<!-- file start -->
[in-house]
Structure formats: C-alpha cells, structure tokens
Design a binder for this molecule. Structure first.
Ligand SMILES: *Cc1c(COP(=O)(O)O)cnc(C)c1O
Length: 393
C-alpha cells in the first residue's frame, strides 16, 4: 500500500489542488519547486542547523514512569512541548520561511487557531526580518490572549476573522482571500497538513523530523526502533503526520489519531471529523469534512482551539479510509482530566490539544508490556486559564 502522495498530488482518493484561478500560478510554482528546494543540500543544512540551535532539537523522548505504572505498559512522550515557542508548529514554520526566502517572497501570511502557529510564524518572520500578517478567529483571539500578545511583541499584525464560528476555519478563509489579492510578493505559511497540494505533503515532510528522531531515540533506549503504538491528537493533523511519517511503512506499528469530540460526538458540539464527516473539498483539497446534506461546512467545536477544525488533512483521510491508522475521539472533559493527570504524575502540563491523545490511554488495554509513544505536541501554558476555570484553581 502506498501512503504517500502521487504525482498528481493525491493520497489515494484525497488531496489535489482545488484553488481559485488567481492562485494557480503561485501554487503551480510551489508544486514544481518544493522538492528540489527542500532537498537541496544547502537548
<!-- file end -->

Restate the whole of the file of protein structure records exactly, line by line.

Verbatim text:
[in-house]
Structure formats: C-alpha cells, structure tokens
Design a binder for this molecule. Structure first.
Ligand SMILES: *Cc1c(COP(=O)(O)O)cnc(C)c1O
Length: 393
C-alpha cells in the first residue's frame, strides 16, 4: 500500500489542488519547486542547523514512569512541548520561511487557531526580518490572549476573522482571500497538513523530523526502533503526520489519531471529523469534512482551539479510509482530566490539544508490556486559564 502522495498530488482518493484561478500560478510554482528546494543540500543544512540551535532539537523522548505504572505498559512522550515557542508548529514554520526566502517572497501570511502557529510564524518572520500578517478567529483571539500578545511583541499584525464560528476555519478563509489579492510578493505559511497540494505533503515532510528522531531515540533506549503504538491528537493533523511519517511503512506499528469530540460526538458540539464527516473539498483539497446534506461546512467545536477544525488533512483521510491508522475521539472533559493527570504524575502540563491523545490511554488495554509513544505536541501554558476555570484553581 502506498501512503504517500502521487504525482498528481493525491493520497489515494484525497488531496489535489482545488484553488481559485488567481492562485494557480503561485501554487503551480510551489508544486514544481518544493522538492528540489527542500532537498537541496544547502537548